A fight over $600 million in cuts to Medicare reimbursements for hospitals could limit the use of a decades-old principle that directs courts to defer to an agency’s interpretation when laws are unclear.
The American Hospital Association and various hospitals have asked the Supreme Court to hear a case questioning if that principle, known as Chevron deference, should apply when the law being interpreted precludes a court’s ability to weigh the lawfulness of a particular agency action.
If the justices take the case and decide Chevron doesn’t apply, the ruling could make it easier to challenge agency regulations.
“It’s unlikely they will overrule Chevron, but it could die slowly by a thousand cuts and this could be one of those cuts,” said Keith Bradley, who co-chairs the appellate and Supreme Court practice group at Squire Patton Boggs.
The justices could decide as early as next month whether it will hear the case in its next nine-month term starting in October.
Chevron deference comes from the Supreme Court’s 1984 holding in Chevron v. National Resources Defense Council, in which the justices said courts should defer to an agency in ambiguous situations as long as its interpretation of a law is reasonable.
“Federal judges—who have no constituency—have a duty to respect legitimate policy choices made by those who do,” Justice John Paul Stevens said in the court’s majority ruling. “The responsibilities for assessing the wisdom of such policy choices and resolving the struggle between competing views of the public interest are not judicial ones.”
But the AHA argues “it is up to the federal courts, not administrative agencies, to determine” when they can and can’t hear a challenge to an agency action.
The AHA’s case stems from cuts the Department of Health and Human Services made in 2019 to Medicare payments that hospitals get for providing services at off-site outpatient clinics. The HHS said its interpretation of a Medicare provision allowed it to reduce reimbursement rates to control an unnecessary increase in the volume of evaluation and management services provided at outpatient departments.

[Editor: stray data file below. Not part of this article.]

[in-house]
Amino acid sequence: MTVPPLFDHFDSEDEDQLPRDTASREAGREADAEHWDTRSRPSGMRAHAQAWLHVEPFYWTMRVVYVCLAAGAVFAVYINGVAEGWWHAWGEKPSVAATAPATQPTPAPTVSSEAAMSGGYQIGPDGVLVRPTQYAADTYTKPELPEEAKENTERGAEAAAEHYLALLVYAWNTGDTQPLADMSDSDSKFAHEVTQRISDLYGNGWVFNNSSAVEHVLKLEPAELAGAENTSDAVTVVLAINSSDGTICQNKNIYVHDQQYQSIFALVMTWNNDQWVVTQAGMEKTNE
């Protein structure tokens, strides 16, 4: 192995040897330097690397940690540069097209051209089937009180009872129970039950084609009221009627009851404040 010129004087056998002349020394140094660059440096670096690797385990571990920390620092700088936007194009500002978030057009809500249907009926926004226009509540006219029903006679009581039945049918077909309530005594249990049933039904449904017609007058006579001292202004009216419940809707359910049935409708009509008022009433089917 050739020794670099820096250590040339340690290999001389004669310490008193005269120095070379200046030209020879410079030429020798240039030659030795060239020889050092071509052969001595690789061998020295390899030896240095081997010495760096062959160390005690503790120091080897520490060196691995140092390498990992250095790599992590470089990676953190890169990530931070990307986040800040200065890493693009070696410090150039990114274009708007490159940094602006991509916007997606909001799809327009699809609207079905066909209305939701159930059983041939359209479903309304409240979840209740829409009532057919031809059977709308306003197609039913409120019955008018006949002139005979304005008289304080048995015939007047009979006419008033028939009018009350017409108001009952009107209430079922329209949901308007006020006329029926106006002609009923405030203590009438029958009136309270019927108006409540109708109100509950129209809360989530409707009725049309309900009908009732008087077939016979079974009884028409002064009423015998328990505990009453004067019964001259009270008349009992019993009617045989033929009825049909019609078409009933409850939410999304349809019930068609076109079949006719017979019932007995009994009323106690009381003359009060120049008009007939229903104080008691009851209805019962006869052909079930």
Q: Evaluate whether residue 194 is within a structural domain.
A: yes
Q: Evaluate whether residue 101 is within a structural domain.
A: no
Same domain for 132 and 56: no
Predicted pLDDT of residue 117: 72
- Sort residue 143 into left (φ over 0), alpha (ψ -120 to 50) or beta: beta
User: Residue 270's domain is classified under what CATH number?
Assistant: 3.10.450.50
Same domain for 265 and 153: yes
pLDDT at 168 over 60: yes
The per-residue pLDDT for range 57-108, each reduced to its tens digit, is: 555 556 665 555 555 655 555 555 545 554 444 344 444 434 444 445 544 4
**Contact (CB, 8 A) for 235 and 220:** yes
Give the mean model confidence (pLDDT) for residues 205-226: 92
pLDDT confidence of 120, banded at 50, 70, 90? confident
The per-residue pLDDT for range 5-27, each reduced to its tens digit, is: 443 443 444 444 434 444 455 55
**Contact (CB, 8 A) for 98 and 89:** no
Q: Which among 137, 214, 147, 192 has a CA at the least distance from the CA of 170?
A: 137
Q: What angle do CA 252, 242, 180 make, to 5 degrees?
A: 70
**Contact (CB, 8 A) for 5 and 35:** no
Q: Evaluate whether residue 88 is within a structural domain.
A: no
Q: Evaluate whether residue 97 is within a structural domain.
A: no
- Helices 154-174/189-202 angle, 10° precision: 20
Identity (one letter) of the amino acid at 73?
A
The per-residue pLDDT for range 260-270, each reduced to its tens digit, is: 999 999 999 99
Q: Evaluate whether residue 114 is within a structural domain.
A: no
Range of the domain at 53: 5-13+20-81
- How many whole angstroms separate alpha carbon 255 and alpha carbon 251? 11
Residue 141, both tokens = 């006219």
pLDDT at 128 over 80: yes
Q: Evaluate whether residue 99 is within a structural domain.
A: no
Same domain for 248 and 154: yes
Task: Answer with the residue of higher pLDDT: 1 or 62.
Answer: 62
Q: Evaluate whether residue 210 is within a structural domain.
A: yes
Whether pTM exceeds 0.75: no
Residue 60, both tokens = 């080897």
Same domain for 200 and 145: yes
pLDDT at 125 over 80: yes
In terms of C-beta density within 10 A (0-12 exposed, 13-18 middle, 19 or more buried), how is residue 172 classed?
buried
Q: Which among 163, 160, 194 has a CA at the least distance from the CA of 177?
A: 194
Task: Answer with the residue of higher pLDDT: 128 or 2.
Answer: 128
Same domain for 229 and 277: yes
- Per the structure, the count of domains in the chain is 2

The district court sided with the AHA, which argued this “method” of volume control wasn’t allowed under the Medicare statute and that Congress already expected these facilities to have higher rates.
But the U.S. Court of Appeals for the District of Columbia Circuit reversed that ruling. The appeals court said it lacked jurisdiction to hear a challenge to the rate reductions.
The D.C. Circuit said it can’t review the lawfulness of an agency action if a statute precludes judicial review unless that action is barred by the statute. Because the Medicare statute is ambiguous, the appeals court said it deferred to the agency and found that it reasonably interpreted the statute to allow for the reimbursement cut.
“By deferring to HHS’s interpretation of that statute, the D.C. Circuit permitted the agency to set the boundary of the court’s power,” the AHA argues in its February petition.
The Department of Justice, representing the HHS, counters that Congress never intended for courts to override provisions that limit judicial review.
“It is very unlikely that Congress, in expressly precluding review of HHS’s adoption of volume-control measures under that provision, intended such an unstated, easily manipulated exception,” acting Solicitor General Elizabeth Prelogar and other DOJ attorneys said in a reply brief.
Under Medicare’s outpatient prospective payment system, the DOJ said HHS sets annual payment rates and that the statute directs HHS to develop a method for controlling unnecessary increases in the the volume of services covered to manage costs.
The “statute expressly precludes judicial review of specified agency actions,” including those methods of controlling costs, the agency argues.
Not all statutes include provisions that limit judicial review like the Medicare Act. But the AHA says laws governing immigration, the Transportation Security Administration, the Federal Communications Commission, the Supplemental Nutrition Assistance Program, and state telecommunications commissions include provisions that do.
If the court rules Chevron doesn’t apply to statutes with these preclusions, it could reduce the context in which Chevron doctrine would apply, law scholars say.
“If the court wants to continue to whittle Chevron down, this is another way to do it,” said Jeffrey Lubbers, an administrative law professor at American University Washington College of Law.
While the court may be unlikely to want to say explicitly that Chevron is overruled, “I do think that if you count up the justices there seems to be several who have suggested that in the past perhaps Chevron has been too readily applied,” said Jennifer Mascott, an assistant professor of law at the Antonin Scalia Law School at George Mason University.
The AHA cited rulings in which Justices
“I’d be surprised if they didn’t grant cert.,” Lubbers, said, noting it only takes four justices to agree to hear a case.
And some legal minds think the AHA has a strong case.
“If it gets consideration, a majority of the court is likely to agree with the point that Chevron deference should not apply here,” Mascott said.
The case is Am. Hospital Ass’n v. Becerra, U.S., No. 20-1113.